Of course, the movie Minority Report and the novel by Philip K. Dick on which it was based explore moral questions of this sort.

  3. The problem has never been Hitler.
    The problem was the society that held those ideas that Hitler made visible, otherwise no one would follow him (or another tyrant like Mussolini); so that the German society was ill, and the killing of Hitler would not change anything (there would be substitutes); later it was easier to manipulate the masses with the control of the information.
    It is not possible to destroy the ideas of a people (only with an extermination, but it is not a good idea), there was political error before Hitler, that changed the mind (in the wrong direction) of the German people; so that one must be cautious in governing a country in the best possible way.

    • This is usually the case. Occasionally, there might be a tyrant who stays in power even though most people hate him, even his own henchmen, but he runs a tight ship. In such a case, a political assassination might improve matters. But usually, it will backfire, and if the reasons for the tyrant’s success are to be found in a substantial proportion of the population, then an assassination will usually make matters worse.

      It is of course easy to imagine that one evil person is the cause of a much bigger problem, and hence that disposing of said person would help matters. The truth is usually not as simple. In the case of Germany in the 1930s, it is not just Hitler’s support in the population (particularly among young women; in some sense, he was a pop star) which makes the idea of him being responsible for everything absurd, but also things like the Treaty of Versailles. (No serious historian believes that anything similar to the rise of the Nazis would have happened if the Treaty of Versailles had been more fair. After World War II (even though Germany started this one, but didn’t start World War I), the Marshall Plan was a much better approach.)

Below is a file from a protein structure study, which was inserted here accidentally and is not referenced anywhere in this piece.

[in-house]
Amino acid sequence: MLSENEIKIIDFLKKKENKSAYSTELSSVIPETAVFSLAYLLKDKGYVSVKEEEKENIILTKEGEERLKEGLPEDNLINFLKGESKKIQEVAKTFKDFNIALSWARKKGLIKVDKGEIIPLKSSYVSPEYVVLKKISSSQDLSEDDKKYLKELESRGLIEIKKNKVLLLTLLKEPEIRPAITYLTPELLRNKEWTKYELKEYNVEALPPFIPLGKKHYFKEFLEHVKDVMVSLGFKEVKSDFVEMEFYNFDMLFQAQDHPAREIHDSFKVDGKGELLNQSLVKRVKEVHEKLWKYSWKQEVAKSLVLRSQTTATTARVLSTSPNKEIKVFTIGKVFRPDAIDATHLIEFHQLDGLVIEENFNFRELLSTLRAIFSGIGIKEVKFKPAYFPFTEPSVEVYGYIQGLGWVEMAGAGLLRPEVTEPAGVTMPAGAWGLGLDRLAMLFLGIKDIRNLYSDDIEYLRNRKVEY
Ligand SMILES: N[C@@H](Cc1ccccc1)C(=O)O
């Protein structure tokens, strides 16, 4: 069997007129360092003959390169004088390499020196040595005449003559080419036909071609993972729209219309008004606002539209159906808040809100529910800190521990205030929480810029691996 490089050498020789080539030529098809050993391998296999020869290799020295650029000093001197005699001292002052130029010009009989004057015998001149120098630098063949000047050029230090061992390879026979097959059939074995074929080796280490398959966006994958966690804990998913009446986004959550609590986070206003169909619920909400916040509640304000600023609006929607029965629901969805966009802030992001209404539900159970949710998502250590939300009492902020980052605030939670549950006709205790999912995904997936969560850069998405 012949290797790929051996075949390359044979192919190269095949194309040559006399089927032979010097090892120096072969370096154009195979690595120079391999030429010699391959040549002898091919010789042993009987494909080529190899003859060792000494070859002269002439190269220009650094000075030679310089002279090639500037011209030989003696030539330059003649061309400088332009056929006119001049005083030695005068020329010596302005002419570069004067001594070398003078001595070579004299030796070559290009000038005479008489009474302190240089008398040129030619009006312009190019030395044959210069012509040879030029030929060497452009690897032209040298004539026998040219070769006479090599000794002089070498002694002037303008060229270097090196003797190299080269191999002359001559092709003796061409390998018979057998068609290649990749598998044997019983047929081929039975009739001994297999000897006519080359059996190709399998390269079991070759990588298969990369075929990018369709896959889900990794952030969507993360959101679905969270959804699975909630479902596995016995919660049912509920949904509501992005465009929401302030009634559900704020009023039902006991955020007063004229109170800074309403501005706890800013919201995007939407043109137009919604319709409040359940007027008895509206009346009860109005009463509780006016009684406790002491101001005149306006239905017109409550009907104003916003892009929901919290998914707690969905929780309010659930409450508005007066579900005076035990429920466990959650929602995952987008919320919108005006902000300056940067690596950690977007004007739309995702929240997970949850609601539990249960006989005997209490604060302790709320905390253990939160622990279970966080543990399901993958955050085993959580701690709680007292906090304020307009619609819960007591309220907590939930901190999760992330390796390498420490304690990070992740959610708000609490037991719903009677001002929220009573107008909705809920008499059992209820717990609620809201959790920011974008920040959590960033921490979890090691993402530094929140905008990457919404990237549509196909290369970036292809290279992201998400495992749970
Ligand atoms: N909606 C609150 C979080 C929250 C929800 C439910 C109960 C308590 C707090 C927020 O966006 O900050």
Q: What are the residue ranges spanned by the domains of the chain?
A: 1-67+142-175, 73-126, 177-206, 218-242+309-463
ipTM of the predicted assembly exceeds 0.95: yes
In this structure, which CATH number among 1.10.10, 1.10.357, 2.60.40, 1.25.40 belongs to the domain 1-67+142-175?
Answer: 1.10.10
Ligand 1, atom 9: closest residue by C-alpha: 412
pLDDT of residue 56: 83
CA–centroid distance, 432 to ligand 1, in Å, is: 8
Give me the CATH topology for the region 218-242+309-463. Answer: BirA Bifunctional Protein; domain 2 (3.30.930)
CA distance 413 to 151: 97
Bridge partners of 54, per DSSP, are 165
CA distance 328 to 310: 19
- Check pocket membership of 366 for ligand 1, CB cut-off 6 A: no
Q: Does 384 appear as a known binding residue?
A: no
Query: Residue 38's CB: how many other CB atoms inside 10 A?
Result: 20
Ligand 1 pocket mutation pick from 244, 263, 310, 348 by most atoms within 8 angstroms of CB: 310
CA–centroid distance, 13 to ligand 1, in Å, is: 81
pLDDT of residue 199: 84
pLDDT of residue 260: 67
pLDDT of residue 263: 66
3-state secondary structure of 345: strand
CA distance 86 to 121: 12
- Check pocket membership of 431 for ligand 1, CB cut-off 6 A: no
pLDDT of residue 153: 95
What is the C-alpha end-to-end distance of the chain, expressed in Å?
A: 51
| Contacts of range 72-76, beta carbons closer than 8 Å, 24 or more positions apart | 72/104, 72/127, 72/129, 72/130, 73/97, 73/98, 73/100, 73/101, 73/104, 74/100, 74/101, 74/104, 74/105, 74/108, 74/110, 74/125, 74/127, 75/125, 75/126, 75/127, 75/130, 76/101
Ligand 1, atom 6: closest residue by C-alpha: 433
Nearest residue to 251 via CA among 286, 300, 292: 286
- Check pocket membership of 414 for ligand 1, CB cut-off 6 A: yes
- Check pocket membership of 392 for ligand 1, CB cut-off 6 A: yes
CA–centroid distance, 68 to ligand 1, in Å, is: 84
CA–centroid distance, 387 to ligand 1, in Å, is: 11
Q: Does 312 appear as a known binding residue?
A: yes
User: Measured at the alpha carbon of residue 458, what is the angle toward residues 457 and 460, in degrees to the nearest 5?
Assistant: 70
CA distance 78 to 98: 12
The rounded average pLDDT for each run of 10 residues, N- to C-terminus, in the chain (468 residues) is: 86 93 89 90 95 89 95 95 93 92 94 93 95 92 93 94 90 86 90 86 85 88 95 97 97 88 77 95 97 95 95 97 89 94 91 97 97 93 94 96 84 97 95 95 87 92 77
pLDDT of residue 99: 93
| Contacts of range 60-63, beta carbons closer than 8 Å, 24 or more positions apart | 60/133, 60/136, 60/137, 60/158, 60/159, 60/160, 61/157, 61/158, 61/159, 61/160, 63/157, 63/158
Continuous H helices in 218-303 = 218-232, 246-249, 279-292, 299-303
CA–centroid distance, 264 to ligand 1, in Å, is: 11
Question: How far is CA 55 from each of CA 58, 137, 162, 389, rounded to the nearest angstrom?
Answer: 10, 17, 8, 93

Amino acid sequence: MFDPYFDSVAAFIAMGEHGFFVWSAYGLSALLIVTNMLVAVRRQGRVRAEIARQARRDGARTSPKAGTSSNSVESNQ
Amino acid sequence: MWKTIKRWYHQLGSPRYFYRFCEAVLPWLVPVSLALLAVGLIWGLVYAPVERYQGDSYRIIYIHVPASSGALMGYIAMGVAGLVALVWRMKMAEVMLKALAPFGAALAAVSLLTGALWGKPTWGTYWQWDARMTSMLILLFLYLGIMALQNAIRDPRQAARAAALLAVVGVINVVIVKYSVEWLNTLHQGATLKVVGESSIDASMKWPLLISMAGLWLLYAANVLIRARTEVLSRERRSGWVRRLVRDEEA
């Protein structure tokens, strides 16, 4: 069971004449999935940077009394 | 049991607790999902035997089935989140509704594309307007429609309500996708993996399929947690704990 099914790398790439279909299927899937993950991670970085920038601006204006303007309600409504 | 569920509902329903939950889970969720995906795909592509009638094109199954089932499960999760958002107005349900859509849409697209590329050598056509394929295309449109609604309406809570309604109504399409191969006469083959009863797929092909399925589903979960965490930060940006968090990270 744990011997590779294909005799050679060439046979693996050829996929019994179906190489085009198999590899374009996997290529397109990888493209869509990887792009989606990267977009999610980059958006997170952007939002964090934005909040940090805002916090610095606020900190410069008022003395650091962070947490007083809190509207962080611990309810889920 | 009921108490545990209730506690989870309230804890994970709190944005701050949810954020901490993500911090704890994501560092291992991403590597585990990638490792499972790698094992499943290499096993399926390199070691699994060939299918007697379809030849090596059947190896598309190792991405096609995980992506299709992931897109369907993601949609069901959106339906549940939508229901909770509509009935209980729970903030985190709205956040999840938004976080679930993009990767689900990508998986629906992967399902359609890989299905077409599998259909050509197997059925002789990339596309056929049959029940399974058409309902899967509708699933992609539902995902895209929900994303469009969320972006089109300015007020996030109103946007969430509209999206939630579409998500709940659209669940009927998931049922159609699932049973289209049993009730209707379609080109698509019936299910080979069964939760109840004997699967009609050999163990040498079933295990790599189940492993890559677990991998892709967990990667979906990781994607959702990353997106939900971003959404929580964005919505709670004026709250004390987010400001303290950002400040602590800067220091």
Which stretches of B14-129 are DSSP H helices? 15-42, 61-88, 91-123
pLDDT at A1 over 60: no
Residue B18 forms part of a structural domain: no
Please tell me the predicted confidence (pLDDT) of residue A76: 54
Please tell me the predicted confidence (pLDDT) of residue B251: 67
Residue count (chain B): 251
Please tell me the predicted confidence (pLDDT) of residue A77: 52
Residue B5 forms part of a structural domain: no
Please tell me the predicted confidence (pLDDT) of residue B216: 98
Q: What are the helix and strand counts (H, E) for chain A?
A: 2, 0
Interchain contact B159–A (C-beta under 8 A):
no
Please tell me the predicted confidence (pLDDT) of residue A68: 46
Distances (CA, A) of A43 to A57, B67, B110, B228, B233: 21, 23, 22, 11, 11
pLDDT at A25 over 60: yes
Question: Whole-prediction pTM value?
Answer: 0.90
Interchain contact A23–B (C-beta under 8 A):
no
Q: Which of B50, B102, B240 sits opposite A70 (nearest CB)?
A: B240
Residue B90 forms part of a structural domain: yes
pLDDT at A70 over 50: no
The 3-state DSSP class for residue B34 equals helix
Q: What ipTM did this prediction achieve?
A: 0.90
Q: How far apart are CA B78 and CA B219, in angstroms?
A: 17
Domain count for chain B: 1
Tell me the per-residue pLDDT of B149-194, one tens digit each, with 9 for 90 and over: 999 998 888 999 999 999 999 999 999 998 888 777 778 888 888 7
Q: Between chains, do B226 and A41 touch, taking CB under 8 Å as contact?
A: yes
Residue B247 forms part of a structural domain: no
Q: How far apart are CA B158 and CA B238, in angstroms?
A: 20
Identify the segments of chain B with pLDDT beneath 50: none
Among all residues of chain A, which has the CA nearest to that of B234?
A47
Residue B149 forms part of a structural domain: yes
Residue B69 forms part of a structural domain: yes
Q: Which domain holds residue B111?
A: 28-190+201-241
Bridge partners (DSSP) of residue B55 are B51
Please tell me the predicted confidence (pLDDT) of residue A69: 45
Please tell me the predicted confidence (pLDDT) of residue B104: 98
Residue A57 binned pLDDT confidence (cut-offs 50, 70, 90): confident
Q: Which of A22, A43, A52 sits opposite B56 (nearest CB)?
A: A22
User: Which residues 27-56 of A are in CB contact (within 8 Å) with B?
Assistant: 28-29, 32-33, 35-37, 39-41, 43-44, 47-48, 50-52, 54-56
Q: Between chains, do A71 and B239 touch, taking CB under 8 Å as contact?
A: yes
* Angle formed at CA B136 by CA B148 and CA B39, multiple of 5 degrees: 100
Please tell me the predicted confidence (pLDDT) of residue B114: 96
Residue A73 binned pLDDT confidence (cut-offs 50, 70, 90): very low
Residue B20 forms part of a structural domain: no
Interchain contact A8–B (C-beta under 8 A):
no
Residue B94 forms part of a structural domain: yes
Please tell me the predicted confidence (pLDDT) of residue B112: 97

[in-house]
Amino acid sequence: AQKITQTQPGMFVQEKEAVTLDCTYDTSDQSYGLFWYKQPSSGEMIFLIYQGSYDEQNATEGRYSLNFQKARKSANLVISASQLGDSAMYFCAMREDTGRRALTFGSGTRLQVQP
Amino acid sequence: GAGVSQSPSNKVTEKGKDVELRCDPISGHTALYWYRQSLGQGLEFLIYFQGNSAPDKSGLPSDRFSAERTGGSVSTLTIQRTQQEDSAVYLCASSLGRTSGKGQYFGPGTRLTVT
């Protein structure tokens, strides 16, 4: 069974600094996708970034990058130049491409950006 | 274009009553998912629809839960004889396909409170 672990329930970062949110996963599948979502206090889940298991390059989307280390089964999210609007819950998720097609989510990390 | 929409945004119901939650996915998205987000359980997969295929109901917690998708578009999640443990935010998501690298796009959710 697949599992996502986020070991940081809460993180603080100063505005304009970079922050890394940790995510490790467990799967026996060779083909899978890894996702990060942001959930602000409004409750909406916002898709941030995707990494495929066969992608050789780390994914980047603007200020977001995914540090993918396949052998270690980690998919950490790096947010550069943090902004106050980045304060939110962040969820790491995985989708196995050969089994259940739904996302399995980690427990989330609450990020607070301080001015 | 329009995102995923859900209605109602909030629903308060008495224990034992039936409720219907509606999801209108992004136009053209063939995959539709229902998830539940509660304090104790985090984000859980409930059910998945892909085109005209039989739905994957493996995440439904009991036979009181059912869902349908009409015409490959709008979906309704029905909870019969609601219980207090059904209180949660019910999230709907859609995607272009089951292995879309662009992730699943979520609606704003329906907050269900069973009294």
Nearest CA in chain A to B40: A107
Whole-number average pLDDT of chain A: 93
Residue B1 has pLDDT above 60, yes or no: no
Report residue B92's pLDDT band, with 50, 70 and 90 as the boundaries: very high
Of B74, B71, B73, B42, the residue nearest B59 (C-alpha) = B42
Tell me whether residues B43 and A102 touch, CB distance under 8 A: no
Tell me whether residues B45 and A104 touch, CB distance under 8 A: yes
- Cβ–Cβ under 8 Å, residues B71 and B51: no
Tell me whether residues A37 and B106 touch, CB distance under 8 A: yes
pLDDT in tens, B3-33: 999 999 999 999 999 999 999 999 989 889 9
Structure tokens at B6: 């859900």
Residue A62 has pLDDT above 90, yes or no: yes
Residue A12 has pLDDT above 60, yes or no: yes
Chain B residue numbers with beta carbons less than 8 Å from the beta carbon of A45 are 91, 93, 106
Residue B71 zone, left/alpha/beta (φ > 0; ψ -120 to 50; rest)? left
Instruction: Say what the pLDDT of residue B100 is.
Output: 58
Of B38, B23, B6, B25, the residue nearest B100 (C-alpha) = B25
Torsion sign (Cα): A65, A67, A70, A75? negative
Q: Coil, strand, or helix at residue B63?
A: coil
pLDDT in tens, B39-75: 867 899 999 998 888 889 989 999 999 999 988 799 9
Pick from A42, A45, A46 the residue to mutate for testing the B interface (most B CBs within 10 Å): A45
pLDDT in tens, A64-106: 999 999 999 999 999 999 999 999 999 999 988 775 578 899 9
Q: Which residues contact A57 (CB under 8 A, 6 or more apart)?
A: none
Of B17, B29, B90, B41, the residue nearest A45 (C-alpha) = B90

• Dark Matter (DM) Says:

        During financial crisis labour unrest intensify.
        To counter that
        big business houses fund hate based politics to undermine
        labour unity. Rest are details.
        This generic form of political dynamics has appeared
        in many countries in similar situations. Germany before world war II is only the most well known example. Politics like
        physics has certain rules — replacing individual players
        can’t change these rules.

  4. telescoper Says:

    By the way, Godwin’s Law is officially suspended for the purposes of this post.

  5. Anton Garrett Says:

    I agree with Peter and would have ticked Yes – the action would have been morally indefensible. I’d like to know what particular “people and institutions abroad who sat on their hands or actively collaborated with the Nazis to the extent that they became normalized” Peter has in mind for criticism, though.

    The scenario under consideration is the centrepiece of this entertaining novel, published in 1939:


    • Let’s see, there was a king of the United Kingdom, for one.